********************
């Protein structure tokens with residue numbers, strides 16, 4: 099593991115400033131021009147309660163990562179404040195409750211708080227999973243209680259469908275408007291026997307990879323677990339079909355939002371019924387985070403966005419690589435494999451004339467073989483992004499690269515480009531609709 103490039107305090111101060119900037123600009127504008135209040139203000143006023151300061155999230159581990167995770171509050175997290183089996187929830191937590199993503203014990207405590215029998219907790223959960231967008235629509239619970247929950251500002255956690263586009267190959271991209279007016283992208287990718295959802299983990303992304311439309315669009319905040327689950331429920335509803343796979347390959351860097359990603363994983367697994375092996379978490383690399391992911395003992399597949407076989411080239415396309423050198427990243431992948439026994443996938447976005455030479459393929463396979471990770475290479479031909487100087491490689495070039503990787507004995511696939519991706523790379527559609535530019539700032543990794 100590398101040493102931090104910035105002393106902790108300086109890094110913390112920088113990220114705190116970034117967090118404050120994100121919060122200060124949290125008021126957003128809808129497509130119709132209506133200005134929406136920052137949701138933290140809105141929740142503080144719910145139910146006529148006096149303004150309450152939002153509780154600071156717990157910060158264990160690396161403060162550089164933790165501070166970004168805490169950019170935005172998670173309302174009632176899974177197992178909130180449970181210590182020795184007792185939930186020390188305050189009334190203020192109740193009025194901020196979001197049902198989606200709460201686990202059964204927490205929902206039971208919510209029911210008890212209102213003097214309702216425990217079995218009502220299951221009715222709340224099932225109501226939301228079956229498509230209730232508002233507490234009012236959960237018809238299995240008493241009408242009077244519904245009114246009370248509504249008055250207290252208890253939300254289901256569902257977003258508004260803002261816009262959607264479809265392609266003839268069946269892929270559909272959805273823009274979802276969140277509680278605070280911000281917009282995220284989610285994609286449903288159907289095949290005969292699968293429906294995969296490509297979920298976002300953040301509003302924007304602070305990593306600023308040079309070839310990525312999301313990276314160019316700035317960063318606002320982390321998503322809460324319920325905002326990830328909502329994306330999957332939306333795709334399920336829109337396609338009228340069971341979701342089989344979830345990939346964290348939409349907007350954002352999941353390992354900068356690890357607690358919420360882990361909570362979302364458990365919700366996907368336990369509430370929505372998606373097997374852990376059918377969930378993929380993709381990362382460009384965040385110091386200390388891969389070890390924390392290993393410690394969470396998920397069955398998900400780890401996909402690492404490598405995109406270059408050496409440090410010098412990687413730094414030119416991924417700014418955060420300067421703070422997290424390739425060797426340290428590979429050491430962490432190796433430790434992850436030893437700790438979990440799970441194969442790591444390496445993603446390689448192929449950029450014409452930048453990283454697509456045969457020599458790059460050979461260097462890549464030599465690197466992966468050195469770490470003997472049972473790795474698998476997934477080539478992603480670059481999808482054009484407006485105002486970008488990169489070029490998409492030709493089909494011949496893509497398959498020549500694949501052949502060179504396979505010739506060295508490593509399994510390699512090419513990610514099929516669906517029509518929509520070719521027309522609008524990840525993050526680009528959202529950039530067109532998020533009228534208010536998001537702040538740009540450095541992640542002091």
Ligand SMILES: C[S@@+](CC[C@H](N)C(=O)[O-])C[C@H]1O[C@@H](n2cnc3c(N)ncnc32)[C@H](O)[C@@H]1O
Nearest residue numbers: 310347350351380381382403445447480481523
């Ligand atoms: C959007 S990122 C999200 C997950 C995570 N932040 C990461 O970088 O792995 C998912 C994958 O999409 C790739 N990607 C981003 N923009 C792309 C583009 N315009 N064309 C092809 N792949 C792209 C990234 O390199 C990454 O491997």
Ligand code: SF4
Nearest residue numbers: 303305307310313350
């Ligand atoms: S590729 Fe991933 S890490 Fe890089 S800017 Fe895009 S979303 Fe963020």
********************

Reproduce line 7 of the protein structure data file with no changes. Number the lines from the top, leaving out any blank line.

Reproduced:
């Ligand atoms: S590729 Fe991933 S890490 Fe890089 S800017 Fe895009 S979303 Fe963020």